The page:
For the identification of variants contributing to disease susceptibility and possibly mediating gene expression caused by environmental influences, assessments of epigenetic mechanisms (i.e., histone modification, methylation, and microRNAs) are promising approaches (102). For example, a recent study described by Richardson et al. (104) used bioinformatics to identify variants that disturb or create microRNA-recognition elements in a genomewide fashion, thus providing functional hypotheses for observed GWAS associations.

The task remaining for the future is to establish causality and functionality and ultimately to move from gene discovery to translation (101). This road will require in-depth post-GWAS analyses across multiple disciplines involving genetics, molecular biology, and bioinformatics.

Author Contributions: All authors confirmed they have contributed to the intellectual content of this paper and have met the following 3 requirements: (a) significant contributions to the conception and design, acquisition of data, or analysis and interpretation of data; (b) drafting or revising the article for intellectual content; and (c) final approval of the published article.

Authors' Disclosures or Potential Conflicts of Interest: Upon manuscript submission, all authors completed the Disclosures of Potential Conflict of Interest form. Potential conflicts of interest:

Employment or Leadership: S. Blankenberg, guest editor, Clinical Chemistry, AACC.

Consultant or Advisory Role: None declared.

Stock Ownership: None declared.

Honoraria: None declared.

Research Funding: P. Diemert, National Genomic Research Network Germany.

Expert Testimony: None declared.

Other Remuneration: P. Diemert, travel costs for lectures on genetics.

Role of Sponsor: The funding organizations played no role in the design of study, choice of enrolled patients, review and interpretation of data, or preparation or approval of manuscript.

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Tanja Zeller, [1] Stefan Blankenberg, [1] and Patrick Diemert [1] *

[1] Department of General and Interventional Cardiology, The University Heart Center at the University Medical Center Hamburg-Eppendorf, Hamburg, Germany.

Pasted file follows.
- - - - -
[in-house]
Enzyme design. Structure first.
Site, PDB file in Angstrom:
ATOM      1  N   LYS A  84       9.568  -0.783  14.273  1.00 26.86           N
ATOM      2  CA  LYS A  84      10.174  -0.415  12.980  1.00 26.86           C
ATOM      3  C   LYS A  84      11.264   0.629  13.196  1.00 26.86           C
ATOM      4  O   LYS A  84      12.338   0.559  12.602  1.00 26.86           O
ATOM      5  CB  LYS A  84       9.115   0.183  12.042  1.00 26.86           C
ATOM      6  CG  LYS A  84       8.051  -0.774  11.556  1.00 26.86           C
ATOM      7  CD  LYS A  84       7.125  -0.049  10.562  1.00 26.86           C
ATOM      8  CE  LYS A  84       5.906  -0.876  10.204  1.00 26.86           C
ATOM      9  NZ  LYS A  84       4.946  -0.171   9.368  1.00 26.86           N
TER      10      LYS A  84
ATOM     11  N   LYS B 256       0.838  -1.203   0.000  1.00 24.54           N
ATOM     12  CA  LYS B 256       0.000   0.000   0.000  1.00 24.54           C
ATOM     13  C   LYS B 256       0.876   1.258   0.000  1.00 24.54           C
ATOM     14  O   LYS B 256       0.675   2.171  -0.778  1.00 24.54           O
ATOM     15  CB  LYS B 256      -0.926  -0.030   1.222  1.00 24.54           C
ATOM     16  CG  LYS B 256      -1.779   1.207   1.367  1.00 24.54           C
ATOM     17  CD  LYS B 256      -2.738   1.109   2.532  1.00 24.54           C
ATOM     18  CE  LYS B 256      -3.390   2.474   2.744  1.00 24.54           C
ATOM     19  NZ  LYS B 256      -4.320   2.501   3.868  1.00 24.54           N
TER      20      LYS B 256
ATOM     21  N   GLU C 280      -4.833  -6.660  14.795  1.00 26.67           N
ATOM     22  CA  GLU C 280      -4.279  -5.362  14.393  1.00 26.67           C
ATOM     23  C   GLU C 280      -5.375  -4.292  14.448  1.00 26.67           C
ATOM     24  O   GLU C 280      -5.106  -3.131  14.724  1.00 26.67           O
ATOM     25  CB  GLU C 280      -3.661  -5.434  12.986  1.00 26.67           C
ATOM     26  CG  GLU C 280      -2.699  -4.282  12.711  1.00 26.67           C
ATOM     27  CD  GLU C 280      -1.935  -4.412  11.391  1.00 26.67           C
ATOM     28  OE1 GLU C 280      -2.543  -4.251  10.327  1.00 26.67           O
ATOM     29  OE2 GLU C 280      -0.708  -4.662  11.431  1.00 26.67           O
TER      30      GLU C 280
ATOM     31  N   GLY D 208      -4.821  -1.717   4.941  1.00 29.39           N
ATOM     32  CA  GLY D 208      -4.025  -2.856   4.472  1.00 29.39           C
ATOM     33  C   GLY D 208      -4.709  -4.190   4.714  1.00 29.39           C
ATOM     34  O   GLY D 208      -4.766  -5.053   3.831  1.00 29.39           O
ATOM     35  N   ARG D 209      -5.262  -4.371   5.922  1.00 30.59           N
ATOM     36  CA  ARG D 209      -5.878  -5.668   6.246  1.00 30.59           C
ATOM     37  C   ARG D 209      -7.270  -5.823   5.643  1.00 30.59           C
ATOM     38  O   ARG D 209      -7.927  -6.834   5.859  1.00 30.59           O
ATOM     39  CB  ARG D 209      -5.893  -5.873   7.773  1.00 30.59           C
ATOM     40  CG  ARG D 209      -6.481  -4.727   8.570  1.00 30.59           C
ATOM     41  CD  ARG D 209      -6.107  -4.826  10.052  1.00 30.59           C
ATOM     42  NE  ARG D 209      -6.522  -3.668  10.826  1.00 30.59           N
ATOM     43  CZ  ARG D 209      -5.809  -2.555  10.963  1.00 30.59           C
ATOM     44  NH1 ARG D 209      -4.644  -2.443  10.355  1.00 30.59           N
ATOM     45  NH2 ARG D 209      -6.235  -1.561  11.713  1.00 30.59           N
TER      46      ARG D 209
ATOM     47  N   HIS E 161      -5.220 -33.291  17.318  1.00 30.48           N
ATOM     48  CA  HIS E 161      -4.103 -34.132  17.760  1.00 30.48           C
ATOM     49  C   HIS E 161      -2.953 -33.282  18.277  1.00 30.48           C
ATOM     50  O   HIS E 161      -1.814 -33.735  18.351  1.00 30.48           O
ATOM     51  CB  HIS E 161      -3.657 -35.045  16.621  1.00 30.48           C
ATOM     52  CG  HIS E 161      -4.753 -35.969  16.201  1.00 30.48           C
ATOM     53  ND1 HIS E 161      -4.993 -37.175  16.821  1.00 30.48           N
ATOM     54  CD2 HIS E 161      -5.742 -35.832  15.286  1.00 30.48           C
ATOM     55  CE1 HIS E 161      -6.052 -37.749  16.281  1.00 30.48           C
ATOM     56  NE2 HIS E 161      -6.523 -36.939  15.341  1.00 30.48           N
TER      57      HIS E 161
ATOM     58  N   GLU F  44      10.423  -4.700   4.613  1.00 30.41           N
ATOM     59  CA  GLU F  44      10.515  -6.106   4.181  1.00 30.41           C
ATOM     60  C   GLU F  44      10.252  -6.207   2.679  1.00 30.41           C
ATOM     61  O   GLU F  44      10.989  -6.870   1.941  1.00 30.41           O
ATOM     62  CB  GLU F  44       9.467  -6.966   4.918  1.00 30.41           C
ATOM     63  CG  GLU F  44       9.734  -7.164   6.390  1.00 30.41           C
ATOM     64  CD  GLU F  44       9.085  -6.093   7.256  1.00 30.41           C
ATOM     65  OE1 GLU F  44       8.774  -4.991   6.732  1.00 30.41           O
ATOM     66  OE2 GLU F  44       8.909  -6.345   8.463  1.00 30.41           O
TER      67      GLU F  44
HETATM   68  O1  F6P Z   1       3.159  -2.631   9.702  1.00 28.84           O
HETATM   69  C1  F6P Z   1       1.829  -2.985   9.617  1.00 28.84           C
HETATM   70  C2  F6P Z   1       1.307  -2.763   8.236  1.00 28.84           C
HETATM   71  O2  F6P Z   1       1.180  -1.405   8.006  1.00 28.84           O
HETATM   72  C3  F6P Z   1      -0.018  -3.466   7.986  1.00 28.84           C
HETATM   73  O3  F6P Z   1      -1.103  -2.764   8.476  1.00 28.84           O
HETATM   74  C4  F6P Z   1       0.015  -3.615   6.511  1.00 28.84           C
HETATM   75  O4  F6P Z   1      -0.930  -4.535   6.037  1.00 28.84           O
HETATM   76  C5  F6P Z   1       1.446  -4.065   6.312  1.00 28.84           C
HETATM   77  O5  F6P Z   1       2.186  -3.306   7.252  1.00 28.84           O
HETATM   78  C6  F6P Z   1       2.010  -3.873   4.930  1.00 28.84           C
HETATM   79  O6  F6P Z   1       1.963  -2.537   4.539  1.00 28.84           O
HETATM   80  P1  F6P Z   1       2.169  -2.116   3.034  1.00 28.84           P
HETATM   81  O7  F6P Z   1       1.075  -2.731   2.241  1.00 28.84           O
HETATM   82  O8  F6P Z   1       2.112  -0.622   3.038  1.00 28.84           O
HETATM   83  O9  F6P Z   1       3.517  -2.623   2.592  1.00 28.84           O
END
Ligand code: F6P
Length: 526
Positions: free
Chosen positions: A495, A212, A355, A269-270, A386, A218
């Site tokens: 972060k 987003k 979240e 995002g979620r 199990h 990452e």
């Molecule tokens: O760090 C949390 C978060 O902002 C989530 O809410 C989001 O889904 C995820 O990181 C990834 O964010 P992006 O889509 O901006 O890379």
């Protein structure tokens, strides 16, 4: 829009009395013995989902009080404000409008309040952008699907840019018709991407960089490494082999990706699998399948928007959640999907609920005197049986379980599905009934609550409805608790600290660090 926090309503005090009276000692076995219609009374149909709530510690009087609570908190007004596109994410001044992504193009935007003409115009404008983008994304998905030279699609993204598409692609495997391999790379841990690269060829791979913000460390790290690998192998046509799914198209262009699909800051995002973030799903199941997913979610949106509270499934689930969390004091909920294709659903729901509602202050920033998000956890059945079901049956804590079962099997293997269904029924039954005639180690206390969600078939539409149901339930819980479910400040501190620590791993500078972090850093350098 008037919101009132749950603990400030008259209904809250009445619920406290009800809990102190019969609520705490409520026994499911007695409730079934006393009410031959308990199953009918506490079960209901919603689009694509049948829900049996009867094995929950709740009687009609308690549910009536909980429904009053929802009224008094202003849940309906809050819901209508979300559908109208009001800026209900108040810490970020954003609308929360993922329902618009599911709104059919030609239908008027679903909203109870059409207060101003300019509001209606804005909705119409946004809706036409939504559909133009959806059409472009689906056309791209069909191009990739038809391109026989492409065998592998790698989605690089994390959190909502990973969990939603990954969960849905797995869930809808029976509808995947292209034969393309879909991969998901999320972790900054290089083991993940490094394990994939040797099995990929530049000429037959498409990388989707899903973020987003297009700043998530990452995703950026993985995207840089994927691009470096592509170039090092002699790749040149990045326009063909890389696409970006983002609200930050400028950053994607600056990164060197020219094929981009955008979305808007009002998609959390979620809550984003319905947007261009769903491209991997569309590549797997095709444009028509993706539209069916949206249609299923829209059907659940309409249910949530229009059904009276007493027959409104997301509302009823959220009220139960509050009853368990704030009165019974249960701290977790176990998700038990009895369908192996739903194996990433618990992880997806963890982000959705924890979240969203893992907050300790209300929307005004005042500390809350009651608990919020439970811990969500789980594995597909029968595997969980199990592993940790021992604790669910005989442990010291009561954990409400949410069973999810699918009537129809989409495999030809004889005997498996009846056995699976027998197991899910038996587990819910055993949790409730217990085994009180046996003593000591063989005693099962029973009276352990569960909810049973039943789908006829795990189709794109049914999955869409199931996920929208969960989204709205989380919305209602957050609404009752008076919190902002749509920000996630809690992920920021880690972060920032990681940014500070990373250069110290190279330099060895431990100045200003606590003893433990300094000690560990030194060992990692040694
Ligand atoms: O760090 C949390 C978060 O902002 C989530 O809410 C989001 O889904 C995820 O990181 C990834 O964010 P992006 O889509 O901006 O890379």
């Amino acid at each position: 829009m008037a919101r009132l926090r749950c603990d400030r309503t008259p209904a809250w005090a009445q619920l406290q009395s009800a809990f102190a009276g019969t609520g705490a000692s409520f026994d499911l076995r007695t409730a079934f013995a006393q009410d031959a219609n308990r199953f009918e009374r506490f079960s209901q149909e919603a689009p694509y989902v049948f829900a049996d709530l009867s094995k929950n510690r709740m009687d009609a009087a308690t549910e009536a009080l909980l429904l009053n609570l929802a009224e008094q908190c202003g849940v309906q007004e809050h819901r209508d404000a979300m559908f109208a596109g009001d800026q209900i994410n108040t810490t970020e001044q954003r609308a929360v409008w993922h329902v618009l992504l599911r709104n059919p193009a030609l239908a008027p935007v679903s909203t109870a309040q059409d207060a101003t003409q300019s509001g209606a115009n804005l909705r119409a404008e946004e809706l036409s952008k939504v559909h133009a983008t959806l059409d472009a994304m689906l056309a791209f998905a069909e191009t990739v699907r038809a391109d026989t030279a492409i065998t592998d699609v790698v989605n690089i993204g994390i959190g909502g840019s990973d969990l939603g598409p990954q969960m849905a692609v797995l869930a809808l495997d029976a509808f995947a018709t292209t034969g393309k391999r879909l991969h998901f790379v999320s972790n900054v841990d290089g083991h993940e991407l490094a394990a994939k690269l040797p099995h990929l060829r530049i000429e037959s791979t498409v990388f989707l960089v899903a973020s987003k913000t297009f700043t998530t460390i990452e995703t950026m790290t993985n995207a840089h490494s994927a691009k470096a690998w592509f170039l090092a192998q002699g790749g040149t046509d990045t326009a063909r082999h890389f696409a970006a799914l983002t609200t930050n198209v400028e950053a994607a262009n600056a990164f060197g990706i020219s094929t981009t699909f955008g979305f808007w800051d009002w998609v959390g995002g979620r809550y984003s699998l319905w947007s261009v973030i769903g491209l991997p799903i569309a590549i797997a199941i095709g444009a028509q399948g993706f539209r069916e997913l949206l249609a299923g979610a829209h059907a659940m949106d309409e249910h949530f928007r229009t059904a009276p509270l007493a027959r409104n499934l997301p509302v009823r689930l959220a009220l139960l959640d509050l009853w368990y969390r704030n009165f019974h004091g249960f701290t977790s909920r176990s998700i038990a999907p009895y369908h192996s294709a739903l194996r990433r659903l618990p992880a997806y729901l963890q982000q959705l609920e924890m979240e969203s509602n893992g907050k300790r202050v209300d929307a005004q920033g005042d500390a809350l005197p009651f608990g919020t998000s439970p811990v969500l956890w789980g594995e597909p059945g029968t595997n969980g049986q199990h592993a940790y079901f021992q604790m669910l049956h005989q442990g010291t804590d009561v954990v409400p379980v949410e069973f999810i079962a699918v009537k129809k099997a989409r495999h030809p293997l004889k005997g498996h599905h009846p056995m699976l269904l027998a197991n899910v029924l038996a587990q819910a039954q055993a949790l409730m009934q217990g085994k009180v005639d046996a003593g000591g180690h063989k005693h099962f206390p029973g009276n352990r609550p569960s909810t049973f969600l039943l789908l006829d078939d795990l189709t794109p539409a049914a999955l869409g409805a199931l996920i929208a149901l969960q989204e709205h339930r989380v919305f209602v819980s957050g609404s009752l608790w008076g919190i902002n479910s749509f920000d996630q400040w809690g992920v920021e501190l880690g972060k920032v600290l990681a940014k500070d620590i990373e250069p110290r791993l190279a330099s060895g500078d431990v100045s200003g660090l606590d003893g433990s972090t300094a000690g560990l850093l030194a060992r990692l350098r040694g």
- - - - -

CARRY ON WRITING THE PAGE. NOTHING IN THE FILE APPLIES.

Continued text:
[2] Nonstandard abbreviations: GWAS, genomewide association study; CAD, coronary artery disease; MI, myocardial infarction; SNP, single-nucleotide polymorphism; LD, linkage disequilibrium; PROVE IT-TIMI 22, Pravastatin or Atorvastatin Evaluation and Infection Therapy--Thrombolysis in Myocardial Infarction 22 (trial); LDL-C, LDL cholesterol; RAP, LDL receptor-associated protein; C/EBP, CCAAT enhancer-binding protein; eQTL, expression quantitative trait loci.

[3] Genes: LDLR, low density lipoprotein receptor; APOB, apolipoprotein B (including Ag(x) antigen); PCSK9, proprotein convertase subtilisin/kexin type 9; SLCO1B1, solute carrier organic anion transporter family, member 1B1; ABCB1, ATP-binding cassette, sub-family B (MDR/TAP), member 1; CYP2C19, cytochrome P450, family 2, subfamily C, polypeptide 19; CYP2C9, cytochrome P450, family 2, subfamily C, polypeptide 9; VKORC1, vitamin K epoxide reductase complex, subunit 1; CYP4F2, cytochrome P450, family 4, subfamily F, polypeptide 2; CDKN2A, cyclin-dependent kinase inhibitor 2A (melanoma, p16, inhibits CDK4); CDKN2B, cyclin-dependent kinase inhibitor 2B (p15, inhibits CDK4); CDKN2B-AS, CDKN2B antisense RNA (non-protein coding) [previously known as ANRIL (antisense noncoding RNA in the INK4 locus)]; MTAP, methylthioadenosine phosphorylase; Mus musculus gene Cdkn2a, cyclin-dependent kinase inhibitor 2A; Mus musculus gene Cdkn2b, cyclin-dependent kinase inhibitor 2B; Mus musculus gene Mtap, methylthioadenosine phosphorylase; Mus musculus gene Dmrta1, doublesex and mab-3 related transcription factor like family A1; CELSR2, cadherin, EGF LAG seven-pass G-type receptor 2 (flamingo homolog, Drosophila); PSRC1, proline/serine-rich coiled-coil 1; SORT1, sortilin 1; Mus musculus gene Sort1, sortilin 1; Mus musculus gene Ldlr, low density lipoprotein receptor; LIPA, lipase A, lysosomal acid, cholesterol esterase.